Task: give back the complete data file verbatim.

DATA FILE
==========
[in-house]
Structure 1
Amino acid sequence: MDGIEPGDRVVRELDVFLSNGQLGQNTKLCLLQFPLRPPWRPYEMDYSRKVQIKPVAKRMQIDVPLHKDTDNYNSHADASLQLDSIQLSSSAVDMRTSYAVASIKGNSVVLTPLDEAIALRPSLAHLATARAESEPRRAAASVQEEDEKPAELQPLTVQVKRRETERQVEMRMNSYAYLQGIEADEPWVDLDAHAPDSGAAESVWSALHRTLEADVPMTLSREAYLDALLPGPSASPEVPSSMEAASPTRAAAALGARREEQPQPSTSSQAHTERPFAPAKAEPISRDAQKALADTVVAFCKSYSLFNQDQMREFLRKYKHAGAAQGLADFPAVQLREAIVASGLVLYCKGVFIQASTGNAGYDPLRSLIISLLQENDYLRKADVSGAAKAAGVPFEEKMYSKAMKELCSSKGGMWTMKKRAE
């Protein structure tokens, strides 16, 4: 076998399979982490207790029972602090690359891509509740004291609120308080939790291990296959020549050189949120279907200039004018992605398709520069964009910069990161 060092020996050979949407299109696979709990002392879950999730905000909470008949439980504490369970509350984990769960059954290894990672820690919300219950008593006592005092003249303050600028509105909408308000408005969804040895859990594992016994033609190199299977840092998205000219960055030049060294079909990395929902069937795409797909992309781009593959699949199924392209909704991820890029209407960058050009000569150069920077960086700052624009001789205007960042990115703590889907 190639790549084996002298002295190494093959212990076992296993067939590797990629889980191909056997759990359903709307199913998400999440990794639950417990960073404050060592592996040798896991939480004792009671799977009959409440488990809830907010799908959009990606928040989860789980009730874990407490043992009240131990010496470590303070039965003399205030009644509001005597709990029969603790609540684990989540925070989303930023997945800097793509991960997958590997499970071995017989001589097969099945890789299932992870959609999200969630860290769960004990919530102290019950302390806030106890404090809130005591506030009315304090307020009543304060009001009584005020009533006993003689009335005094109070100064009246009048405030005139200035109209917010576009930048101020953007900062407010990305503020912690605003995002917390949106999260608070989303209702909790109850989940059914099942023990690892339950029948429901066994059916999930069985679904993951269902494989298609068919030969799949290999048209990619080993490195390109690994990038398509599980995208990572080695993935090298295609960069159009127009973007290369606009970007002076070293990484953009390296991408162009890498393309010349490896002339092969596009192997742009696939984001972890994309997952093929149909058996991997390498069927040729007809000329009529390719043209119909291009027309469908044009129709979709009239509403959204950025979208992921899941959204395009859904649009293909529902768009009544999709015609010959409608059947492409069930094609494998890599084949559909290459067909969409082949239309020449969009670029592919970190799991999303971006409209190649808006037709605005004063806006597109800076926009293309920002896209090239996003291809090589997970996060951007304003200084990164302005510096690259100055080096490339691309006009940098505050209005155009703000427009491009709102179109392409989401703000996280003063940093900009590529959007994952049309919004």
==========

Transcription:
[in-house]
Structure 1
Amino acid sequence: MDGIEPGDRVVRELDVFLSNGQLGQNTKLCLLQFPLRPPWRPYEMDYSRKVQIKPVAKRMQIDVPLHKDTDNYNSHADASLQLDSIQLSSSAVDMRTSYAVASIKGNSVVLTPLDEAIALRPSLAHLATARAESEPRRAAASVQEEDEKPAELQPLTVQVKRRETERQVEMRMNSYAYLQGIEADEPWVDLDAHAPDSGAAESVWSALHRTLEADVPMTLSREAYLDALLPGPSASPEVPSSMEAASPTRAAAALGARREEQPQPSTSSQAHTERPFAPAKAEPISRDAQKALADTVVAFCKSYSLFNQDQMREFLRKYKHAGAAQGLADFPAVQLREAIVASGLVLYCKGVFIQASTGNAGYDPLRSLIISLLQENDYLRKADVSGAAKAAGVPFEEKMYSKAMKELCSSKGGMWTMKKRAE
């Protein structure tokens, strides 16, 4: 076998399979982490207790029972602090690359891509509740004291609120308080939790291990296959020549050189949120279907200039004018992605398709520069964009910069990161 060092020996050979949407299109696979709990002392879950999730905000909470008949439980504490369970509350984990769960059954290894990672820690919300219950008593006592005092003249303050600028509105909408308000408005969804040895859990594992016994033609190199299977840092998205000219960055030049060294079909990395929902069937795409797909992309781009593959699949199924392209909704991820890029209407960058050009000569150069920077960086700052624009001789205007960042990115703590889907 190639790549084996002298002295190494093959212990076992296993067939590797990629889980191909056997759990359903709307199913998400999440990794639950417990960073404050060592592996040798896991939480004792009671799977009959409440488990809830907010799908959009990606928040989860789980009730874990407490043992009240131990010496470590303070039965003399205030009644509001005597709990029969603790609540684990989540925070989303930023997945800097793509991960997958590997499970071995017989001589097969099945890789299932992870959609999200969630860290769960004990919530102290019950302390806030106890404090809130005591506030009315304090307020009543304060009001009584005020009533006993003689009335005094109070100064009246009048405030005139200035109209917010576009930048101020953007900062407010990305503020912690605003995002917390949106999260608070989303209702909790109850989940059914099942023990690892339950029948429901066994059916999930069985679904993951269902494989298609068919030969799949290999048209990619080993490195390109690994990038398509599980995208990572080695993935090298295609960069159009127009973007290369606009970007002076070293990484953009390296991408162009890498393309010349490896002339092969596009192997742009696939984001972890994309997952093929149909058996991997390498069927040729007809000329009529390719043209119909291009027309469908044009129709979709009239509403959204950025979208992921899941959204395009859904649009293909529902768009009544999709015609010959409608059947492409069930094609494998890599084949559909290459067909969409082949239309020449969009670029592919970190799991999303971006409209190649808006037709605005004063806006597109800076926009293309920002896209090239996003291809090589997970996060951007304003200084990164302005510096690259100055080096490339691309006009940098505050209005155009703000427009491009709102179109392409989401703000996280003063940093900009590529959007994952049309919004």